Electronic dance music is a metaphor for life, bro, in the earnest but inconsistent “We Are Your Friends.”

Director Max Joseph (from TV’s “Catfish”), working from a script he wrote with Meaghan Oppenheimer, isn’t out to exploit EDM subculture. He has a reverence for the music and a stylistic flare that behooves the subject. But the story overextends itself, and like a party where the DJ drops the wrong song, it peters out when it should be revving up.

Zac Efron is Cole Carter, a working-class kid from L.A.’s San Fernando Valley with a regular gig as a DJ in an L.A. club. He and his friends have big dreams but empty pockets, working crappy jobs and hustling for every dollar they earn.

One night Carter meets James Reed (Wes Bentley), a veteran DJ who takes him under his wing and helps him find his artistic voice. Carter also catches the eye of Reed’s girlfriend, Sophie (Emily Ratajkowski), whom Joseph shoots with a leering eye that turns uncomfortable.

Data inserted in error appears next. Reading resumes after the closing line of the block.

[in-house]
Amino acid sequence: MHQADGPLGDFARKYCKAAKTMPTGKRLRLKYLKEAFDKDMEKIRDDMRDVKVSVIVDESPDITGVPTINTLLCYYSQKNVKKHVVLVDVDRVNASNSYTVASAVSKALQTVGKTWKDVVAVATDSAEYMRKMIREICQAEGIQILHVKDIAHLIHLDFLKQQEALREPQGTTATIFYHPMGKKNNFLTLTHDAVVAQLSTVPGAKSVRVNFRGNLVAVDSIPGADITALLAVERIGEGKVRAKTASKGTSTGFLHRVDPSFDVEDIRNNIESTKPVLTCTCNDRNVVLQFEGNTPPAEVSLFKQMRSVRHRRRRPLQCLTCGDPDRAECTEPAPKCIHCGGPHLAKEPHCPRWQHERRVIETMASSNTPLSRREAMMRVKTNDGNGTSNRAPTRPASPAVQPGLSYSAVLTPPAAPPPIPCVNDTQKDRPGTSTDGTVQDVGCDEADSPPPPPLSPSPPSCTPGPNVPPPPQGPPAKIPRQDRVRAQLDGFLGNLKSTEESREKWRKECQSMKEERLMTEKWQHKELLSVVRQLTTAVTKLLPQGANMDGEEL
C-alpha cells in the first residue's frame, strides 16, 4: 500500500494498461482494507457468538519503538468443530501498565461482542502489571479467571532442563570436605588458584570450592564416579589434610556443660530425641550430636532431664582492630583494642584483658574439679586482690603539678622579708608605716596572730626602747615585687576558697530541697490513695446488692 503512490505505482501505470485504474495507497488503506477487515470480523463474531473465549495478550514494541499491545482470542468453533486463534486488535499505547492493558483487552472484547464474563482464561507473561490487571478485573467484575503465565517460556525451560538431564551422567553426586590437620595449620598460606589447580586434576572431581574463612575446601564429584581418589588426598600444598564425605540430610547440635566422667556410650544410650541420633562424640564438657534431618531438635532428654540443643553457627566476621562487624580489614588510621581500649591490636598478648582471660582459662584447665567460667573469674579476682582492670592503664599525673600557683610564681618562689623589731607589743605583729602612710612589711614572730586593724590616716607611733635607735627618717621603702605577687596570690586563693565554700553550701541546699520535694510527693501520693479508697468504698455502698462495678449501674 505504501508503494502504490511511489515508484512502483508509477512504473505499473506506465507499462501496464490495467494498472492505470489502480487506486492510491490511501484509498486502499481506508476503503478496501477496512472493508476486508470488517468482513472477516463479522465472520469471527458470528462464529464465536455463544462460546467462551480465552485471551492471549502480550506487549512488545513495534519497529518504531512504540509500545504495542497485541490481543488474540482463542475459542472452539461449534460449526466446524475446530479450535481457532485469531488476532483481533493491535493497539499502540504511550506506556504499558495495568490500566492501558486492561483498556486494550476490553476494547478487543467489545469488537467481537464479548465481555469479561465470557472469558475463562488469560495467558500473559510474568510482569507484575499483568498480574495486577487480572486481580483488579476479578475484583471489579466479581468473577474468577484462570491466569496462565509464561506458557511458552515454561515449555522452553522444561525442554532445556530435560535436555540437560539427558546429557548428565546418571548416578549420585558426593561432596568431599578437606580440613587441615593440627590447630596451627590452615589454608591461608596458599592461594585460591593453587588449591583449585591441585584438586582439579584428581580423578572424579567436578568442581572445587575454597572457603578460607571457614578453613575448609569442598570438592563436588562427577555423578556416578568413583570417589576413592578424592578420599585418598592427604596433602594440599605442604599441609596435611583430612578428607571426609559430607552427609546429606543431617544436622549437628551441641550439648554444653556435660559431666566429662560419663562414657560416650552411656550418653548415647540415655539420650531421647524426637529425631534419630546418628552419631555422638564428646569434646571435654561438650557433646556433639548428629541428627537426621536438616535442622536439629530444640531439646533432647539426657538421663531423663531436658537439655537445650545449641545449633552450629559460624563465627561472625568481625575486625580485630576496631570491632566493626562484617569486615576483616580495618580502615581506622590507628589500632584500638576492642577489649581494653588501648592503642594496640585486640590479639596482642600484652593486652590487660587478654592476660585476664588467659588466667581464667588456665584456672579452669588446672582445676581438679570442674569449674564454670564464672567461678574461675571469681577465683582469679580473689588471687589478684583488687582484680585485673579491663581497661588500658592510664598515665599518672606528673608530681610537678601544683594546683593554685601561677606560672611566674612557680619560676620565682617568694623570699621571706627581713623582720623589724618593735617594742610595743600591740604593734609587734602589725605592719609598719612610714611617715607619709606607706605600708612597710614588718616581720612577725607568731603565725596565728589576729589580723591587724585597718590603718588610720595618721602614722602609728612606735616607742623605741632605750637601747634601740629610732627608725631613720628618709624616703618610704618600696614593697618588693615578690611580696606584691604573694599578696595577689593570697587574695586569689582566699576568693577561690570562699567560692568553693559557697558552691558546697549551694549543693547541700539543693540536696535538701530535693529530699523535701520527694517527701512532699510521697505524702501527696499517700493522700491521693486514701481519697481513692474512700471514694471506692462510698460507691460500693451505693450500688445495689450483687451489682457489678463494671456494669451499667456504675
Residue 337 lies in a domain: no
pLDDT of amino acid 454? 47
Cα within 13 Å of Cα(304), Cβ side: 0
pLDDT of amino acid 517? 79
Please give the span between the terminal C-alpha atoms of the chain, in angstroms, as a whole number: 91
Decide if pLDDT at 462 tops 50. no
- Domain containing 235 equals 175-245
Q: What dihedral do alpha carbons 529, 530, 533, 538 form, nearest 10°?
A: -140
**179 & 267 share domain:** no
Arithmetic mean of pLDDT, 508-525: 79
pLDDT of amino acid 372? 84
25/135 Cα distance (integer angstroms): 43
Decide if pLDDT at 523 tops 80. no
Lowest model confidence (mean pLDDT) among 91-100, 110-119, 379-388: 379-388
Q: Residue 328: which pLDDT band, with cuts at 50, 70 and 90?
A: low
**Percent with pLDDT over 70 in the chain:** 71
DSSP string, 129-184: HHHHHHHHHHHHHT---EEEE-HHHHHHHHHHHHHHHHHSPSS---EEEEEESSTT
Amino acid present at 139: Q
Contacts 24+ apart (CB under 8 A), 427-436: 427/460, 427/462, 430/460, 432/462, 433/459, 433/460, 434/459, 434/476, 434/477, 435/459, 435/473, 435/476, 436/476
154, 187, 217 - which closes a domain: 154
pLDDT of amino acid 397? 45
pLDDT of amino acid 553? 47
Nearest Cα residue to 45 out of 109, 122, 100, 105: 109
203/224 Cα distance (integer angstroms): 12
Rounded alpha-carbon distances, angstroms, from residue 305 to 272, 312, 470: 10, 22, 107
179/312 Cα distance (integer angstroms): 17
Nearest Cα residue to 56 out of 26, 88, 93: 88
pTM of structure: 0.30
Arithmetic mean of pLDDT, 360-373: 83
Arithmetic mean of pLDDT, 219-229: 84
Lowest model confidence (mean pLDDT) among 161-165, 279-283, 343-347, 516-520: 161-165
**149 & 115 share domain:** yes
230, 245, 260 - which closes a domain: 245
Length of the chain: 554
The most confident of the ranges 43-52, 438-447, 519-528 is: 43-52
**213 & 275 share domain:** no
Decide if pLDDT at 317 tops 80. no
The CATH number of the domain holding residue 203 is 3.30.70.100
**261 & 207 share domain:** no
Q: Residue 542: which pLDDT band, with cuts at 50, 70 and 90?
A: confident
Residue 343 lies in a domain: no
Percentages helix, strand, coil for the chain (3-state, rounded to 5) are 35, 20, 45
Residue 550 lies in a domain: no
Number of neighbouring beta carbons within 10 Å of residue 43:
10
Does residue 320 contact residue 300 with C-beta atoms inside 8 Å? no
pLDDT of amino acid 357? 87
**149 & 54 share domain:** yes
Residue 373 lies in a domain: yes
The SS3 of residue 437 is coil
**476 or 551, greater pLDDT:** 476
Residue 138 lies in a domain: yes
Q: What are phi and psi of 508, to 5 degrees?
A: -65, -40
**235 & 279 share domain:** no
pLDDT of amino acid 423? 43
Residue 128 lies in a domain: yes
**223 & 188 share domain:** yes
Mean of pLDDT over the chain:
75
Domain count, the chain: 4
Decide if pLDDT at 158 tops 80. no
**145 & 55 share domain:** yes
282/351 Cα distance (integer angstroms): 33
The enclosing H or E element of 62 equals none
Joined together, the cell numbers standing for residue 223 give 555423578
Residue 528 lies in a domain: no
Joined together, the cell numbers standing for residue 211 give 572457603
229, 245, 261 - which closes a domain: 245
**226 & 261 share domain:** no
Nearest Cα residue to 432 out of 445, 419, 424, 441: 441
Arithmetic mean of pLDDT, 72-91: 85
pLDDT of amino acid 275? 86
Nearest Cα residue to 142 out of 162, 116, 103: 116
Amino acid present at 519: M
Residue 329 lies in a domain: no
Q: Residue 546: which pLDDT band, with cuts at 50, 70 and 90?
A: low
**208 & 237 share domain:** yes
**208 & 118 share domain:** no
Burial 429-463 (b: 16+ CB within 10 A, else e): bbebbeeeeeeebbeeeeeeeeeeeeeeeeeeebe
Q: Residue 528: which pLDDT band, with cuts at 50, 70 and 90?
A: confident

There are several sequences where Joseph comes alive, including one scene where Carter’s PCP hallucination turns into living cartoon, and an on-screen DJ tutorial that breaks down the science of dance music (128 beats per minute is ideal, it turns out). But the movie is less effective the farther it gets from the dance floor, and a subplot about subprime mortgages feels shoehorned in from another movie.

Efron hints at layers in Carter he isn’t able to explore, and his scenes with Ratajkowski — who has the screen presence of a piece of pita bread — are lifeless. “We Are Your Friends” is a movie that explores the beat and pace of the dance floor, but its bpm flatlines.


‘We Are Your Friends’


Rated R: For language throughout, drug use, sexual content and some nudity

Running time: 100 minutes

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